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Sustainability, Energy and Environment Community

University of Colorado Boulder

 Food

eat mostly plants, waste less

Enjoying food that’s better for you and the planet is one of the most powerful actions an individual can take to slow climate change.

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  • Eat mostly plants

    Cut out beef

    Beef (along with lamb) has one of the highest greenhouse gas impacts of all meats (source). If we all substituted beans for beef, and took no other action, the United States could meet 1/2 to 3/4 of its 2020 greenhouse gases target. At the same time, this shift would free up significant US cropland. (source). Pretty incredible!

    Yep, beef has a disproportional impact (source) [carbon percentages & terminology]. Moreover, all meat products have larger carbon footprints per calorie than grain or vegetable products. This difference is due to the inefficient transformation of plant energy to animal energy (Weber and Matthews, 2008).

    Try Meatless Mondays

    Eating less meat does more to save carbon than any other food habit, including buying local (New York Times 2015 article). A typical family of four that decides to cut their meat intake in half could avoid roughly three tons (6,000 pounds) of emissions annually (UCS, EWG).

    Help serve lower-carbon meals

    Ask your workplace, service club, or community of faith to serve lower-carbon meals in its café or during catered events. Suggest chicken instead of beef, or tastier vegetarian dishes.

  • Waste less

    Work toward a waste-free kitchen

    More than a third of food in America is thrown out instead of eaten (PLOS). Much of it doesn't even make it to the store shelves because it has blemishes. Not only does this waste all the resources and carbon that went into the food’s production and distribution, it fills landfills and the rotting process releases methane, a powerful greenhouse gas.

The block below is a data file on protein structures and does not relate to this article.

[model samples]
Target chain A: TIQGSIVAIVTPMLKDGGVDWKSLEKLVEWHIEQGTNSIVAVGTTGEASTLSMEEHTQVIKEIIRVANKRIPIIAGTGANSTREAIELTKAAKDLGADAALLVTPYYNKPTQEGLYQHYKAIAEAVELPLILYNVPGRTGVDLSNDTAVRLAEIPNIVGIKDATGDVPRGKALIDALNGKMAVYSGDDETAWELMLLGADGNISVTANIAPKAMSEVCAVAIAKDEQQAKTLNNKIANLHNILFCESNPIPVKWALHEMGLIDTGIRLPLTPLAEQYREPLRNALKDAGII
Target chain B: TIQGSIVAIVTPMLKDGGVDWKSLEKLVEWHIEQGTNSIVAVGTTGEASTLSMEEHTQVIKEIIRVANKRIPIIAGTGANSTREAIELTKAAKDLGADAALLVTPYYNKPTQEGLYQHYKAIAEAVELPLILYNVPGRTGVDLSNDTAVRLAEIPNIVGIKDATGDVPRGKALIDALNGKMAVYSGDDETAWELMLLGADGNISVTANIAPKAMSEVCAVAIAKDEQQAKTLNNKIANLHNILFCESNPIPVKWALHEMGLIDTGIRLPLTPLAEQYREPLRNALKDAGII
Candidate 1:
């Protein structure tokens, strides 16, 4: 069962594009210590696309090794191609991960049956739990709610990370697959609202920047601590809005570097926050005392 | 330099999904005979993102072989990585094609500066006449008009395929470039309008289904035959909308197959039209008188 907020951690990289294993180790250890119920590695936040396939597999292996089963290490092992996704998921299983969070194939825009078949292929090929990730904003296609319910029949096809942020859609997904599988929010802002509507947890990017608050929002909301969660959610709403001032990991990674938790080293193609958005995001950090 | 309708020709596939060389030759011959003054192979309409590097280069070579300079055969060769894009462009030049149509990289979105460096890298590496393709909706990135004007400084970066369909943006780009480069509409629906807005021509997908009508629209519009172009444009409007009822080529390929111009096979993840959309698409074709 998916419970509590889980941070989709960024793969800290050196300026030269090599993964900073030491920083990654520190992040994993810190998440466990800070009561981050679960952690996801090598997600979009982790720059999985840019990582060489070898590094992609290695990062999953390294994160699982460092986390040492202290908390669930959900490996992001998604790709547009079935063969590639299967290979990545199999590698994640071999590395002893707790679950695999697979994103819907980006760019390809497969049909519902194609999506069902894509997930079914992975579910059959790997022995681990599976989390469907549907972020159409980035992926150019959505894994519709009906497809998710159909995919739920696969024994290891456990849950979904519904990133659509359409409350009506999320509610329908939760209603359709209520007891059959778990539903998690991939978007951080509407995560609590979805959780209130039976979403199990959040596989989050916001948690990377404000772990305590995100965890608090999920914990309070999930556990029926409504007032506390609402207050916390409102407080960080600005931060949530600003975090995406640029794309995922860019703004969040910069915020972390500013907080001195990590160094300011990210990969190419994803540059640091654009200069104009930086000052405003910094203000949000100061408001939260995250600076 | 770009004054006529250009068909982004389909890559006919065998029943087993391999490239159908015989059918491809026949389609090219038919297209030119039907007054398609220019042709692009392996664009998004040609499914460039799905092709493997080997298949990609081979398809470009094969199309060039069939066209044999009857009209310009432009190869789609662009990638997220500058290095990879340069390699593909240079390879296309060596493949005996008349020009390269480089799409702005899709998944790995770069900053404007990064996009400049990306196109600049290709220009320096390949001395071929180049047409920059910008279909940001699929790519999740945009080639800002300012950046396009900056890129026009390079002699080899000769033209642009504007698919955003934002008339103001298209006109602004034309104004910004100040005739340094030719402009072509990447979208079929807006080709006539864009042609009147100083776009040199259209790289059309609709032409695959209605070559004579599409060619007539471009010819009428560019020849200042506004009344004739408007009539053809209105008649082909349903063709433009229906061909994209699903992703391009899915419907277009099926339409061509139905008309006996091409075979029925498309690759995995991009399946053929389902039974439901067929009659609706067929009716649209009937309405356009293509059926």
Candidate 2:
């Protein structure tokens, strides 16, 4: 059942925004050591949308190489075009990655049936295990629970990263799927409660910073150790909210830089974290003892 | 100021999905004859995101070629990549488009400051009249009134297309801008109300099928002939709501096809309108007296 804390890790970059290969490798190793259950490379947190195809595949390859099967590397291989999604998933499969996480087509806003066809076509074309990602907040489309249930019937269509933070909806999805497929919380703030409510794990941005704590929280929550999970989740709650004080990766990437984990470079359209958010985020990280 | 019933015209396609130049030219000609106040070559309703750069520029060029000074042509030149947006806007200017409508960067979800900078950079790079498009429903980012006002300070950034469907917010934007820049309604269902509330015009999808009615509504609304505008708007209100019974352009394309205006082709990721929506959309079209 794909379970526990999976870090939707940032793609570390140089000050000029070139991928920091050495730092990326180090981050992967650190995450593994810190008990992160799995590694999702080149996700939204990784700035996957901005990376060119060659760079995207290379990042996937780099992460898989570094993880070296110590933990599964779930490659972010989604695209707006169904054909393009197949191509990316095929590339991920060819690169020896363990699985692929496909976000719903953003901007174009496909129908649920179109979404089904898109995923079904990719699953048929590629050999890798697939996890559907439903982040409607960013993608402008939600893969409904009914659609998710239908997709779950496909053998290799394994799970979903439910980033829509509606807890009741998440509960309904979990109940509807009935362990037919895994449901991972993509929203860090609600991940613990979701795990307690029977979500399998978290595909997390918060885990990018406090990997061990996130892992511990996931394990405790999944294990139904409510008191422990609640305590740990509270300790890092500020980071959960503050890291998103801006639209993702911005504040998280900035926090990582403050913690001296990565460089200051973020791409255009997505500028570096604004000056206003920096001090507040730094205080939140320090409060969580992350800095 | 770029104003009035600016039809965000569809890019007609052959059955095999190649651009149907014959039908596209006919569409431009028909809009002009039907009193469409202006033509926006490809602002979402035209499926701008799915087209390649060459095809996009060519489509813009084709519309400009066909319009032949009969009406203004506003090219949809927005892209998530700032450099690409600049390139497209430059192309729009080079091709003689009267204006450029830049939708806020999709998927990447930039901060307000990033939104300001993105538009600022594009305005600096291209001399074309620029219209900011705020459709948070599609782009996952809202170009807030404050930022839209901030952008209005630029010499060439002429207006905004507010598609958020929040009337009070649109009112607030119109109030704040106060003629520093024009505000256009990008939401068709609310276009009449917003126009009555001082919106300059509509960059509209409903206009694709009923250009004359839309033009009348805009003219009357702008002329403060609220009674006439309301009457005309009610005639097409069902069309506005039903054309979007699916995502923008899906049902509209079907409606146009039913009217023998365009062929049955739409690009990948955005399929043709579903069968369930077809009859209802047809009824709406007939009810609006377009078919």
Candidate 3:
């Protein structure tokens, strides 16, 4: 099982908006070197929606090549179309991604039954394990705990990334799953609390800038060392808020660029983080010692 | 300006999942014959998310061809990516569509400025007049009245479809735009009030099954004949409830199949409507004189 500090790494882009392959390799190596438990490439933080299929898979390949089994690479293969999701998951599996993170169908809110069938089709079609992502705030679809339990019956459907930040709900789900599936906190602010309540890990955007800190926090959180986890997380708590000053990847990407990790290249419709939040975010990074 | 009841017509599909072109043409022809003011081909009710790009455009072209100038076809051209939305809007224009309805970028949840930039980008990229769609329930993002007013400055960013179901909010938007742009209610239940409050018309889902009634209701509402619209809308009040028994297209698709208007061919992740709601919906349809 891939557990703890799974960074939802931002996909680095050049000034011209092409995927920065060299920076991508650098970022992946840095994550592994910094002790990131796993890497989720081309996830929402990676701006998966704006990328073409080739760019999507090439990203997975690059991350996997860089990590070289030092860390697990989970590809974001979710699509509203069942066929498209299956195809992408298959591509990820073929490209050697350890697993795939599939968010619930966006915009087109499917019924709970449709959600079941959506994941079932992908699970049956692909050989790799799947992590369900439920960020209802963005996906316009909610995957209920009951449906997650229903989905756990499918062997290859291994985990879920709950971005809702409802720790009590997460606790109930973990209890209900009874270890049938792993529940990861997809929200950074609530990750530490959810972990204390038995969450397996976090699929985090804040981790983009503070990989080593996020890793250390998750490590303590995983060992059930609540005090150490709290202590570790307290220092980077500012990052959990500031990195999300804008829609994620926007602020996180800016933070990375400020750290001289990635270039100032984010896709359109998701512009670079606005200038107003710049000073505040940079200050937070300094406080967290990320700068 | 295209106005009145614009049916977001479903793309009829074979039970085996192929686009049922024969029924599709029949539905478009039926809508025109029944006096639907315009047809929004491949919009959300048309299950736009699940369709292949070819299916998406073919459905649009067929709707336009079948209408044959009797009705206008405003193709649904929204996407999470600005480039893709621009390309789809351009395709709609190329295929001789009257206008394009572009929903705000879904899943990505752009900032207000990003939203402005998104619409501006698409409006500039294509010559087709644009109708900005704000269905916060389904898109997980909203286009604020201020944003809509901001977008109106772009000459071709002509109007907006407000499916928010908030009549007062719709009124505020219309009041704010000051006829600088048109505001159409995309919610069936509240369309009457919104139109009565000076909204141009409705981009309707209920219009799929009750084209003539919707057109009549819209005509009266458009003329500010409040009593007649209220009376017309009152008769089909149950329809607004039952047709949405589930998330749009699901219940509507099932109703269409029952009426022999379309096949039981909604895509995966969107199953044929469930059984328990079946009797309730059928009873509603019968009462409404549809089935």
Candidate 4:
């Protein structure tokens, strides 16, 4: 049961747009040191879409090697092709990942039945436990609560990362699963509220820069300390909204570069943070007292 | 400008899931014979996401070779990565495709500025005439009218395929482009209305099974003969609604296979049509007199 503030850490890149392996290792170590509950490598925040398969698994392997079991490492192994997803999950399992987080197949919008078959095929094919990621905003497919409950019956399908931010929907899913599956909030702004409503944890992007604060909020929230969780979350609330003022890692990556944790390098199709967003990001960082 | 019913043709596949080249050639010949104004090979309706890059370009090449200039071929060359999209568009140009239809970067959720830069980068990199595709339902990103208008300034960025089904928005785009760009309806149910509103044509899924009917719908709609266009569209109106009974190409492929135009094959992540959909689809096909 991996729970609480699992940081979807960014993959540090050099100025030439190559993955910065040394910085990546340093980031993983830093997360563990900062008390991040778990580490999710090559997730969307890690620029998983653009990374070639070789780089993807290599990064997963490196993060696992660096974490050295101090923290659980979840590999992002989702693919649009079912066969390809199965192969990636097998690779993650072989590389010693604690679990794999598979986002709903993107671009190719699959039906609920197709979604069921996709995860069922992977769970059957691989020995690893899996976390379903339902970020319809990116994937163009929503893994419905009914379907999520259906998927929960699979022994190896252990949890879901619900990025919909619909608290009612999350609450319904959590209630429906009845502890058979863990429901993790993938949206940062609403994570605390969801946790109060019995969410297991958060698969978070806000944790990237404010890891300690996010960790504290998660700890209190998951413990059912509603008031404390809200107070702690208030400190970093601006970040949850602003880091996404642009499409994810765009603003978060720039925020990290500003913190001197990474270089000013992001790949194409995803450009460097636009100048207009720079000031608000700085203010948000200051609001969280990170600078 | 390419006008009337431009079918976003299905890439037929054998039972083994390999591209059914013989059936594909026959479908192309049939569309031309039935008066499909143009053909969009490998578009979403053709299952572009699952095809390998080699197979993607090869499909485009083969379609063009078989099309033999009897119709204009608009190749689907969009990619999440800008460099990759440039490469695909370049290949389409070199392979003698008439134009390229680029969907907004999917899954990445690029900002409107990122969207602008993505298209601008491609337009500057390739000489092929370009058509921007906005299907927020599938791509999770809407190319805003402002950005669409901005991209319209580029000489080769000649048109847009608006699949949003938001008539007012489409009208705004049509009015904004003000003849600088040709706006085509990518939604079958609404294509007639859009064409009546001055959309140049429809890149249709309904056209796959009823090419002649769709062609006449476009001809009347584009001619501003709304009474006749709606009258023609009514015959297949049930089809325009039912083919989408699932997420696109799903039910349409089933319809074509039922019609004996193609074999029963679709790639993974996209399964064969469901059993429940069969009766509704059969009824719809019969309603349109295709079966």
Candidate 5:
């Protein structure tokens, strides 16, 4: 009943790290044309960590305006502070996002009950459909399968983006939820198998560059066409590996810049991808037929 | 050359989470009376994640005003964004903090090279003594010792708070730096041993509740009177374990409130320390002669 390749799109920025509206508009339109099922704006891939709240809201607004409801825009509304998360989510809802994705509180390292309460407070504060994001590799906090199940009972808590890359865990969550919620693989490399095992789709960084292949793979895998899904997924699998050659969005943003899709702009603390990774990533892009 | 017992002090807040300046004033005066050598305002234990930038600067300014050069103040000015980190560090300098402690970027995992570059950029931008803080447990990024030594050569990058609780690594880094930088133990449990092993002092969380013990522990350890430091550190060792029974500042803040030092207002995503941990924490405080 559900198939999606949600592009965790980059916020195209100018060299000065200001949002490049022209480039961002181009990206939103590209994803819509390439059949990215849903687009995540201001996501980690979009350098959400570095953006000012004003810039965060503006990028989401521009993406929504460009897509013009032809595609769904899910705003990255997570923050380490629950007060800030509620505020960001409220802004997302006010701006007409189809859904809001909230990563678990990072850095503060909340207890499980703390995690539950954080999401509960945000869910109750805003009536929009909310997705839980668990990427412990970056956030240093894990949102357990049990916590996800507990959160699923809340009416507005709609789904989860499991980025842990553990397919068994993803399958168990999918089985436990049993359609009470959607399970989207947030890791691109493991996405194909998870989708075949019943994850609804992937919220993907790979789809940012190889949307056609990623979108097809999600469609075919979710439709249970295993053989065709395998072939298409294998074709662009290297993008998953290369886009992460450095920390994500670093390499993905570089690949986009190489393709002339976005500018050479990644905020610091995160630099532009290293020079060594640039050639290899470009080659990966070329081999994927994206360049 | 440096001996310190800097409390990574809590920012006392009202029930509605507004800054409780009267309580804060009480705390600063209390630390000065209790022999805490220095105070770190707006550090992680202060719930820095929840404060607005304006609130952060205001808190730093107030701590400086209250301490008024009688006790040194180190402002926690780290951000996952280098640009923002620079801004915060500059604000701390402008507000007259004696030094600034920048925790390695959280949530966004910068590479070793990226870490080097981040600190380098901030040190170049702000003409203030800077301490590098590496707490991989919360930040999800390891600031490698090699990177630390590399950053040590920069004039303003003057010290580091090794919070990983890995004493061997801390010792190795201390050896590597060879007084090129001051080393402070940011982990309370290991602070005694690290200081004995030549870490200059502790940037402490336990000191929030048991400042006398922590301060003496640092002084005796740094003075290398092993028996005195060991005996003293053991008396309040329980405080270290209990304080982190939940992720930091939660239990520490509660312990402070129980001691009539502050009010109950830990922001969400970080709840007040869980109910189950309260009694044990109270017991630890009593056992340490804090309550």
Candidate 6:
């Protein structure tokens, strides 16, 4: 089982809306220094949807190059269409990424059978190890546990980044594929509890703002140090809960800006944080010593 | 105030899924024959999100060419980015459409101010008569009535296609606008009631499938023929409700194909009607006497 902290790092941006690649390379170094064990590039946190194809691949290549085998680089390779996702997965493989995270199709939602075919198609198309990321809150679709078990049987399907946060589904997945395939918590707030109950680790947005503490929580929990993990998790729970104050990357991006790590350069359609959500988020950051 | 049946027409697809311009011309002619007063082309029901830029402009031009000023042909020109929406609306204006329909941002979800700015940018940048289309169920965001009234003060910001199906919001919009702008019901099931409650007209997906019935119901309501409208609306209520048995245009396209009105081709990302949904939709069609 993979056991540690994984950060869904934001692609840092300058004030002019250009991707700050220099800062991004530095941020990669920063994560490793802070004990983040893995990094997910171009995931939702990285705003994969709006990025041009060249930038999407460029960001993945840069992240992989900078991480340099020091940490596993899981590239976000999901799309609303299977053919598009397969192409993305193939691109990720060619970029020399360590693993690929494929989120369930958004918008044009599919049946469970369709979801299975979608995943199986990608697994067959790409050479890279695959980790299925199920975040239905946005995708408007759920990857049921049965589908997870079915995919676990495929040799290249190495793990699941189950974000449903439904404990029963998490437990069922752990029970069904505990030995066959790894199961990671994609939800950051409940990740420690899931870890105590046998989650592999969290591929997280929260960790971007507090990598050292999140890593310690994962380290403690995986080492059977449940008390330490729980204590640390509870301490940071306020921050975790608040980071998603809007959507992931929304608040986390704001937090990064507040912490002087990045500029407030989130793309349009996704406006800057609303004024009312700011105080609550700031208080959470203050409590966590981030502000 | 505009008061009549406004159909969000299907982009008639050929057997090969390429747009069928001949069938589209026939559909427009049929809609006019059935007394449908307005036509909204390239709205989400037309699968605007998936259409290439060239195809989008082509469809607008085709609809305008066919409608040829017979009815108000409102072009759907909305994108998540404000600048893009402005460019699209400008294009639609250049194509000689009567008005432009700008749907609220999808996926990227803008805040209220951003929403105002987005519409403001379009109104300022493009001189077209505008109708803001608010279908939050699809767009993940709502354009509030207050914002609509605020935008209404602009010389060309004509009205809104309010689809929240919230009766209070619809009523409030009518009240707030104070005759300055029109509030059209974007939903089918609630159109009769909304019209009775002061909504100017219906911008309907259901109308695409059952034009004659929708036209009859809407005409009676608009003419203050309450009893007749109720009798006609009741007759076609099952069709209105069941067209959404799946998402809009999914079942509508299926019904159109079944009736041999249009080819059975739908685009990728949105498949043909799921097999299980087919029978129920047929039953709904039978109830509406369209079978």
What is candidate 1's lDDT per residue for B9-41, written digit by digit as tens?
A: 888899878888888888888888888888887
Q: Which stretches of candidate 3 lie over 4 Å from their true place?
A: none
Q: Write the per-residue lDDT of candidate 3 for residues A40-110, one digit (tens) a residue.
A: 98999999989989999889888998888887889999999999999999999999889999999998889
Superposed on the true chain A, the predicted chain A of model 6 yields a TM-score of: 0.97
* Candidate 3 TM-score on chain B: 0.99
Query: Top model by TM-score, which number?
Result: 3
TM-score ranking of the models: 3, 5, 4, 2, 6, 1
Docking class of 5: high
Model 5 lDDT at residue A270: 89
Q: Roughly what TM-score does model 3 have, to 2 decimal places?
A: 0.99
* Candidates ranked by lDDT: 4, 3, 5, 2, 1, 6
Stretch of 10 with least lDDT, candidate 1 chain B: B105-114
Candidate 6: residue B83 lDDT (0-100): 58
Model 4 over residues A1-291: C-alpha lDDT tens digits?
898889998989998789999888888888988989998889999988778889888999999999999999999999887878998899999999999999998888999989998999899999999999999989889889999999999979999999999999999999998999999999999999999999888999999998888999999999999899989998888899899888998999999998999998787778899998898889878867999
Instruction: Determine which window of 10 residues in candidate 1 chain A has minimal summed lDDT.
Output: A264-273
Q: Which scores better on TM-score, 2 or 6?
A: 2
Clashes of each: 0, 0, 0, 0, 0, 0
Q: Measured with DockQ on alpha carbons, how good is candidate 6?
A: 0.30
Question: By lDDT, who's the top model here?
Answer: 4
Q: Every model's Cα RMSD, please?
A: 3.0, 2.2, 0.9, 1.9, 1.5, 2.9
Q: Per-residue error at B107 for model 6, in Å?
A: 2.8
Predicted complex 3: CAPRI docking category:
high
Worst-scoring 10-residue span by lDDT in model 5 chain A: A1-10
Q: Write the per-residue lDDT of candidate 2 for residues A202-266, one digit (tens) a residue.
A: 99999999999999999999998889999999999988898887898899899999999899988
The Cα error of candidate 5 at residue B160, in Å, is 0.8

The overall greenhouse gas emissions of food waste are enormous. In just the U.S., waste equals a year’s worth of greenhouse gas emissions from 37 million cars (NRDC Report PDF file).

    You’ll be on your way to a waste-free kitchen if you

    • Plan in advance.
    • Shop with a list.
    • Avoid impulse buys.

    Freezing food before it spoils can capture what you don’t use right away.

    Save your food!

    Learn about food waste and how to reduce it (1 min).
    From the Save your Food page for the City of Fort Collins.

  • Go local

    Support your local farmer

    Look for farmers’ markets and grocery stores that stock local produce. Or take a share in a community-supported agriculture (CSA) program, where you buy a season’s produce directly from a local farm.

    Buying local food not only reduces emissions from transporting food around the world, but supports a healthy food system and economy in your area. It usually tastes better too.

    Here in Boulder we have a number of local food efforts and organizations.